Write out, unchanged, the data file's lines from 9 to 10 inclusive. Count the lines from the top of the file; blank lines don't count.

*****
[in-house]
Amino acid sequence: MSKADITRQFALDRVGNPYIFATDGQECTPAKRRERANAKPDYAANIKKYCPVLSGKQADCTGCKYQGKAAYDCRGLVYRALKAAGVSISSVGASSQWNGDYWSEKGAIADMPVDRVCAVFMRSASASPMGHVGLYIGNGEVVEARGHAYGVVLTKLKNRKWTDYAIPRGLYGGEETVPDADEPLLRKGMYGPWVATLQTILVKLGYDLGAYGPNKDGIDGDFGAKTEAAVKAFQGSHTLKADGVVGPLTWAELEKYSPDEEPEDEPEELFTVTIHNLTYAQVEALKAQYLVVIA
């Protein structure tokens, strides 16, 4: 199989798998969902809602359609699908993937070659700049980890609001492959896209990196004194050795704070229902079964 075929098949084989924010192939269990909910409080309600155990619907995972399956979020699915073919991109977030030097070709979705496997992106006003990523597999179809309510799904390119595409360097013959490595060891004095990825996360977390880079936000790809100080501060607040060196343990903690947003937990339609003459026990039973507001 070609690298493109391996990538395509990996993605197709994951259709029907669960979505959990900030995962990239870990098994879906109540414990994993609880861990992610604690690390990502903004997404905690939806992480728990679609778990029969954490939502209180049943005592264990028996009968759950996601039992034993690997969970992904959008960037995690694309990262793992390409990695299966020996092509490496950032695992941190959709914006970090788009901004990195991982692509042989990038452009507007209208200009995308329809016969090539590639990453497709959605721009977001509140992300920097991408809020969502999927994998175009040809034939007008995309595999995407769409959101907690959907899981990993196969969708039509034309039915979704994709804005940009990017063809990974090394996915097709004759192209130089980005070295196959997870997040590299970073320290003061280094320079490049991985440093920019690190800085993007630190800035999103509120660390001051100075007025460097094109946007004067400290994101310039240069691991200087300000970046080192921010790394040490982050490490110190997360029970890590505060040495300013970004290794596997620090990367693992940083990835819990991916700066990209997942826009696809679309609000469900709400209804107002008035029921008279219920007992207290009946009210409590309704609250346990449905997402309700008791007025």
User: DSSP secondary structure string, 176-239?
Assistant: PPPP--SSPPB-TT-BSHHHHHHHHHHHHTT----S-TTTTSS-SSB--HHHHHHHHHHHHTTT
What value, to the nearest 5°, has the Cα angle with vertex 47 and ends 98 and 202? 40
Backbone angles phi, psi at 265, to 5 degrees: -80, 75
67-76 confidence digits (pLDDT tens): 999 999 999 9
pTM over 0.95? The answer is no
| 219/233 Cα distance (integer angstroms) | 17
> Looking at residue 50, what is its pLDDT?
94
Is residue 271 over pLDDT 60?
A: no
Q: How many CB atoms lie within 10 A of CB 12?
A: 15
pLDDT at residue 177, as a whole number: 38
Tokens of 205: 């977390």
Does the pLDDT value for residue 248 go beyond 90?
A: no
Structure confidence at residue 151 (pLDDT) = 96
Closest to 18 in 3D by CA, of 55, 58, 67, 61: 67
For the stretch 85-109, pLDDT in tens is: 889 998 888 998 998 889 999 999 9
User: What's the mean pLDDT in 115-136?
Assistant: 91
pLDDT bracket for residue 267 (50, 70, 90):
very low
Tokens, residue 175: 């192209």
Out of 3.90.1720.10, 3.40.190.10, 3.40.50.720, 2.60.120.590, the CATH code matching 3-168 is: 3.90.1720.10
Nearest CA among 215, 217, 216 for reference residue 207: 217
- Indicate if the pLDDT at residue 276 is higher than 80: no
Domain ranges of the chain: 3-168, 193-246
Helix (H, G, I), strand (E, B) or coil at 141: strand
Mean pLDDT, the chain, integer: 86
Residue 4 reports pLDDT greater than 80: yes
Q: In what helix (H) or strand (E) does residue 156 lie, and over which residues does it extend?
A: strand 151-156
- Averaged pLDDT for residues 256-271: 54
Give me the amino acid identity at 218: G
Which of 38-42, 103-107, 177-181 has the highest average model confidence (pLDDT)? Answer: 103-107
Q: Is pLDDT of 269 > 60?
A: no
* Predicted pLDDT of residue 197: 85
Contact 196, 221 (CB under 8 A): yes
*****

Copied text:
pTM over 0.95? The answer is no
| 219/233 Cα distance (integer angstroms) | 17